The artist put a wet brush to the canvas, tracing myriad graceful lines that would coalesce, she hoped, into an abominable enough shape. Not in her eyes, perhaps, but her work had a certain reputation among her enthusiasts of late that she wished to maintain, and she hated to disappoint.
She began the work in her studio loft early in the morning, shortly past six, and determined she’d finish it no later than midnight. Her process was raw, rhythmless. Some called it haphazard, but she resented that. What it was, truly, was unpredictable. She didn’t fully understand it herself. Her current burst of prolificity was a recent phenomenon beyond her comprehension, but one she was grateful for.
By seven she’d more or less finalized the outline of a large human cranium and the muscular shape of the strong long-limbed creature that held it, vise-like, in place; a preliminary expression she wished to let marinate for now.
She elected to take a break and brought her cup of coffee upstairs to the large dormer window. She took in the taste of the coffee, cold and stale, and absorbed the sight of the city below. Los Angeles had changed. Or it hadn’t, but she had. Her eyes for it were different now. For the first time in a long while, she felt again with relief that she could, after all, conquer L.A., make her mark in it the way she’d always intended. She’d tried to avoid thinking about the man with the tattoo, but the memory of him was fuel now, sparked by the lingering sting of repeated failures. She wasn’t entirely used to success yet, but recent victories had emboldened her; nothing could stop her, not now, not in this state.
The man with the tattoo was an artist hunter. She’d seen him multiple times before at galleries and conventions, seeking the young men and women whose paintings hung on the walls, approaching them with a calm confidence that belied any strangeness or sense of danger he may have exuded. This she’d heard from others who’d encountered him, and she confirmed it herself when she took him into her bed. He was a tall man with heterochromia; one eye blue, the other green. His age was something of an indeterminate factor; he carried himself like someone in his forties, but his face was youthful enough to fool one into pegging him at mid-twenties. The tattoo on his neck, that of a three-headed jester of sorts, was done by no mere amateur and merited close inspection. After they’d made love, she couldn’t stop tracing her fingers along the intricate line work on his tanned leathery skin. “You have no idea how blessed you will be,” he’d told her.
“You don’t even know anything about me” she’d said. “You can’t really know that.” Nobody had elected to purchase any of her pieces and she’d received no remuneration for that exhibition. At best, her work had been called “edgy.” At worst, she’d heard the words “pretentious” and “mediocre” regarding a painting she’d poured six months of her life into.
“You’ll be known everywhere for years to come. You only need to keep painting, and the rest, now, will come together.”
Those had been his parting words. She’d fallen asleep on his shoulder shortly thereafter and she never did see him again, nor did she particularly want to. The encounter itself had been as much of a haze as the leadup to it. She’d never taken anything he’d offered besides his body, and she was certain she’d been entirely lucid throughout the evening, but the whole occasion had the quality of a dream that, though not entirely unpleasant to recall, knotted her stomach with a timid confusion and sense of wrong she couldn’t quite pinpoint.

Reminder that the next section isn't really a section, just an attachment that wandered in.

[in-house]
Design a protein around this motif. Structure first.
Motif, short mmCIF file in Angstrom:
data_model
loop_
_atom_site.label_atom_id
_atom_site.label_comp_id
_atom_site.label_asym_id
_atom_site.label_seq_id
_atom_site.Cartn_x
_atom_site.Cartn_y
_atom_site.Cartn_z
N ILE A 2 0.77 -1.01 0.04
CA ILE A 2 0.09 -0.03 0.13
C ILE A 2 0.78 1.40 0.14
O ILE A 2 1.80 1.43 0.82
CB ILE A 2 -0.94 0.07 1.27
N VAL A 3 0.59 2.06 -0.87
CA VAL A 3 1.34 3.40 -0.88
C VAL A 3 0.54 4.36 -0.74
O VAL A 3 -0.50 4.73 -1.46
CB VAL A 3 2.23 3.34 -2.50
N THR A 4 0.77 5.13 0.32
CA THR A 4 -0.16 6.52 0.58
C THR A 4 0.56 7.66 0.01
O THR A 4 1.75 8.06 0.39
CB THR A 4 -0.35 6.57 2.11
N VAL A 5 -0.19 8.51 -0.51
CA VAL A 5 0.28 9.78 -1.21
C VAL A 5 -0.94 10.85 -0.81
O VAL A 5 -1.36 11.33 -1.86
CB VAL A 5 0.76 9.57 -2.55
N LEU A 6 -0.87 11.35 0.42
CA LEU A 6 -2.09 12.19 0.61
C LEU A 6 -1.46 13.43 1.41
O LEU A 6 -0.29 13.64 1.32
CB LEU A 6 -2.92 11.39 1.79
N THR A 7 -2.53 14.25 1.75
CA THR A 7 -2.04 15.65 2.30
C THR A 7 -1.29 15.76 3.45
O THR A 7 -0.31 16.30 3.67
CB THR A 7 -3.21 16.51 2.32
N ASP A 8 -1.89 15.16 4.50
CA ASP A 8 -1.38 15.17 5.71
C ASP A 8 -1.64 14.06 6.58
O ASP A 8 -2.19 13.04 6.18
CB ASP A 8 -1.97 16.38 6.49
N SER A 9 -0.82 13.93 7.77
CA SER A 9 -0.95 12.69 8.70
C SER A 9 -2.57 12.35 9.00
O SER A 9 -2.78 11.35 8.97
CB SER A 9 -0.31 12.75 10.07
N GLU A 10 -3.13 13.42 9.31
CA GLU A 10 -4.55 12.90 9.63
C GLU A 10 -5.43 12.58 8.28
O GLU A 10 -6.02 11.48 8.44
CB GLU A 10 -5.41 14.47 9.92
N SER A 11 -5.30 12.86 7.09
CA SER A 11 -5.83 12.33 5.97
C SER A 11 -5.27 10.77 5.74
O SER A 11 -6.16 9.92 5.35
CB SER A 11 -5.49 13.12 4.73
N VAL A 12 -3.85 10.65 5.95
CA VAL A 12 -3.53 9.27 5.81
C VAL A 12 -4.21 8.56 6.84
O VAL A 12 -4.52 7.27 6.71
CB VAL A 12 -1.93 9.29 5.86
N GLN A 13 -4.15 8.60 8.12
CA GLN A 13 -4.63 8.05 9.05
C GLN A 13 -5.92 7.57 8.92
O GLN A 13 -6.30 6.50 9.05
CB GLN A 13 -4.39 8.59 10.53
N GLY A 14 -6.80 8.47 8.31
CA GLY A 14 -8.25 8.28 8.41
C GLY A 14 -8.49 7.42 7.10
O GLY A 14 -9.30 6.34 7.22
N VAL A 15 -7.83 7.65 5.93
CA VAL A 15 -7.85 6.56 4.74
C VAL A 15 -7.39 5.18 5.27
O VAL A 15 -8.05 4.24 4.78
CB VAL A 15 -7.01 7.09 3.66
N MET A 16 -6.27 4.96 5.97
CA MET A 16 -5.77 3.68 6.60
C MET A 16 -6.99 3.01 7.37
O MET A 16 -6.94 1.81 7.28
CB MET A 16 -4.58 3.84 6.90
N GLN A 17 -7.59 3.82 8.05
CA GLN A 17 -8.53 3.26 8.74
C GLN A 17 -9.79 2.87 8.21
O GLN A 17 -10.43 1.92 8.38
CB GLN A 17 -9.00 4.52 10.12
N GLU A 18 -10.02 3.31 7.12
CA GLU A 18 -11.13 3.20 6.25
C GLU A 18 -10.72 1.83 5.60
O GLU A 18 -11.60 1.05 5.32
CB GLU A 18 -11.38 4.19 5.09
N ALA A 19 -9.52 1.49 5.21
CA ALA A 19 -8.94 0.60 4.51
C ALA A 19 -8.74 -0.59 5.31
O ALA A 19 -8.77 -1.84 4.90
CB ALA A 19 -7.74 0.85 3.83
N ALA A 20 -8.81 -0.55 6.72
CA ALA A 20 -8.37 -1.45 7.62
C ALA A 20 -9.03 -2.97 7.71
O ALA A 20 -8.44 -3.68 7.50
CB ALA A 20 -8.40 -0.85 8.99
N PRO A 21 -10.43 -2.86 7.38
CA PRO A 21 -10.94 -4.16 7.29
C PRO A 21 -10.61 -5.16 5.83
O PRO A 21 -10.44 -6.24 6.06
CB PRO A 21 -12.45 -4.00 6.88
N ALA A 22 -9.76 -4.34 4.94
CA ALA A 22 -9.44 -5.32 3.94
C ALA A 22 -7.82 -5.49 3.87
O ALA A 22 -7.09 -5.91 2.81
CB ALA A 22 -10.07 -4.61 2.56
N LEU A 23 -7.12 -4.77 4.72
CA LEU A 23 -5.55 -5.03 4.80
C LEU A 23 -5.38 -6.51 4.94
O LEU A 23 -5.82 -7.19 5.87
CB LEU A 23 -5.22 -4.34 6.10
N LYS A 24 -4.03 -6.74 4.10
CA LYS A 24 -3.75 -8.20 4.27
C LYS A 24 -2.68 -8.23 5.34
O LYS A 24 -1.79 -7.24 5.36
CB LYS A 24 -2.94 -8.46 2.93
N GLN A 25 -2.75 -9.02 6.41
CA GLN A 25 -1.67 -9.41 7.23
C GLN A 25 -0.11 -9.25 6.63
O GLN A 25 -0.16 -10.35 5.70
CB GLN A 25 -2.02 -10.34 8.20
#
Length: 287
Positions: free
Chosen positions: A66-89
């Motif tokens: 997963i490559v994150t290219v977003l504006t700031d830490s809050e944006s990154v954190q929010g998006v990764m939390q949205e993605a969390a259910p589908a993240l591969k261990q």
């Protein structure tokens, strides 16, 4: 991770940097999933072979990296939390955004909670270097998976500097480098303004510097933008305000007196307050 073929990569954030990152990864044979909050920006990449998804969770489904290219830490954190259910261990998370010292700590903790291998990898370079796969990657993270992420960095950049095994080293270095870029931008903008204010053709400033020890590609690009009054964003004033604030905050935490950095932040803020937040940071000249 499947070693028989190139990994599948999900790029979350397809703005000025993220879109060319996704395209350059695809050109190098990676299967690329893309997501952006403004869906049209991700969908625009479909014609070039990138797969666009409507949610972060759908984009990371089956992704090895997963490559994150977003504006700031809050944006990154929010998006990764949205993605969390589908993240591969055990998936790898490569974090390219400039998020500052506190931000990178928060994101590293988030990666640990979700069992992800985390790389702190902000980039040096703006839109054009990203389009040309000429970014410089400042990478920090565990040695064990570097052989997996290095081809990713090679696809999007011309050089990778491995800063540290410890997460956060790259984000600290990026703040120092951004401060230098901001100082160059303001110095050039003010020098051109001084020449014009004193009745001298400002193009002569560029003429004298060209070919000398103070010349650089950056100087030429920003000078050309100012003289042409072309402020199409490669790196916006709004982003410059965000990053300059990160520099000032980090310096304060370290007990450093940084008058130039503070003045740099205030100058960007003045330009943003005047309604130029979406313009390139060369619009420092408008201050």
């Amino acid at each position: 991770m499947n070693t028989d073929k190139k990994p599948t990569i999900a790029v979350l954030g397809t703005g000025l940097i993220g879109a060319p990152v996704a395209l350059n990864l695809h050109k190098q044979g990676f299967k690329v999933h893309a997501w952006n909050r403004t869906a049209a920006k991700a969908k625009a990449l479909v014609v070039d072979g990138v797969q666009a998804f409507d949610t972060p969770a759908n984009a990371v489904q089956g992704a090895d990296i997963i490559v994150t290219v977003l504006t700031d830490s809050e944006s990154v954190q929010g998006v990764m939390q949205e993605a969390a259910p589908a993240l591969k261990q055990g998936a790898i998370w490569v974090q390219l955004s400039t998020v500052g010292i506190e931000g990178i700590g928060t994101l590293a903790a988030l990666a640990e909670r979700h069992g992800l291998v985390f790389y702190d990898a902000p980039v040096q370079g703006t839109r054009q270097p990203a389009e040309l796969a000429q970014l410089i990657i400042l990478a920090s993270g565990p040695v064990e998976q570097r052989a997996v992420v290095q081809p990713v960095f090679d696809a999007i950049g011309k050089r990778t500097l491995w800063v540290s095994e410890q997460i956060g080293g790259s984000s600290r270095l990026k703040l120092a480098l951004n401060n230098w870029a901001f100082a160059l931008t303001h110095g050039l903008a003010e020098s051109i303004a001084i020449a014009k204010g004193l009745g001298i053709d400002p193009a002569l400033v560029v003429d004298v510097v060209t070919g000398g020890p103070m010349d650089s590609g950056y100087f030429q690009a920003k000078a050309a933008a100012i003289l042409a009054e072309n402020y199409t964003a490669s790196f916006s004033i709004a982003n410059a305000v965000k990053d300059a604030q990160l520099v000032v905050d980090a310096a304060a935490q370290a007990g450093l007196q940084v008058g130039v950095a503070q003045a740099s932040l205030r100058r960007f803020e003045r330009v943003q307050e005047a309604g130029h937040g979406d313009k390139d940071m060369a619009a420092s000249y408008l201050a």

The next two hours were fugue-like, chaotic. But they were productive. The piece was coming together, and as she worked she began to think about potential titles for it. She didn’t tend to title her work, but this one in particular demanded a name, an identity, something more solid. The word “Dantalion” came to mind. Or was that a name? She liked it, at any rate.
By two o’clock, she’d exhausted herself. She took a long nap on the couch and dreamed a pleasant enough dream that faded gently from memory upon waking. But when she opened her eyes, a wizened face looked down at her from the ceiling. It passed and dissipated into the deep shadows of the loft, fleeting like her dream, as though it’d never been there. She didn’t scream or cry out; it was a silent terror she’d felt, gripping her entrails for one cold second then making her feel silly for it. It could have been anything. Nerves, most likely, or the remnant of a night terror.
She worked. And as she worked, she basked in her new creativity, the limitless energy she had for art, the joy of art for art’s sake. The nights she’d curled up in her bed and cried herself to sleep for want of friends or family or any modicum of artistic success and integrity were distant, ancient history that she’d thoroughly surmounted. They were her power now.
When she was done, the fruit of her labor looked back at her: a three-headed terror, squeezing the head of a poor unfortunate woman with its bony, long-nailed fingers, wrenching the life and spirit out of its hapless victim and directly into her, the artist, the one who’d seized opportunity and avoided a fall to her demons. The woman in the painting was a lost, pathetic soul to look down on, a grotesque word of caution.
Filled with light, she opened the window and let the cool breeze hit her face. At that moment, things became clearer. With a soft giggle and a smile she appreciated her new cognizance, and breathed a sigh of relief before she put herself on the ledge.
J.W. Gomez is a Latino writer currently residing in the Midwest with his wife. When he is not writing or drinking inordinate amounts of coffee, he enjoys a good horror film and tabletop gaming.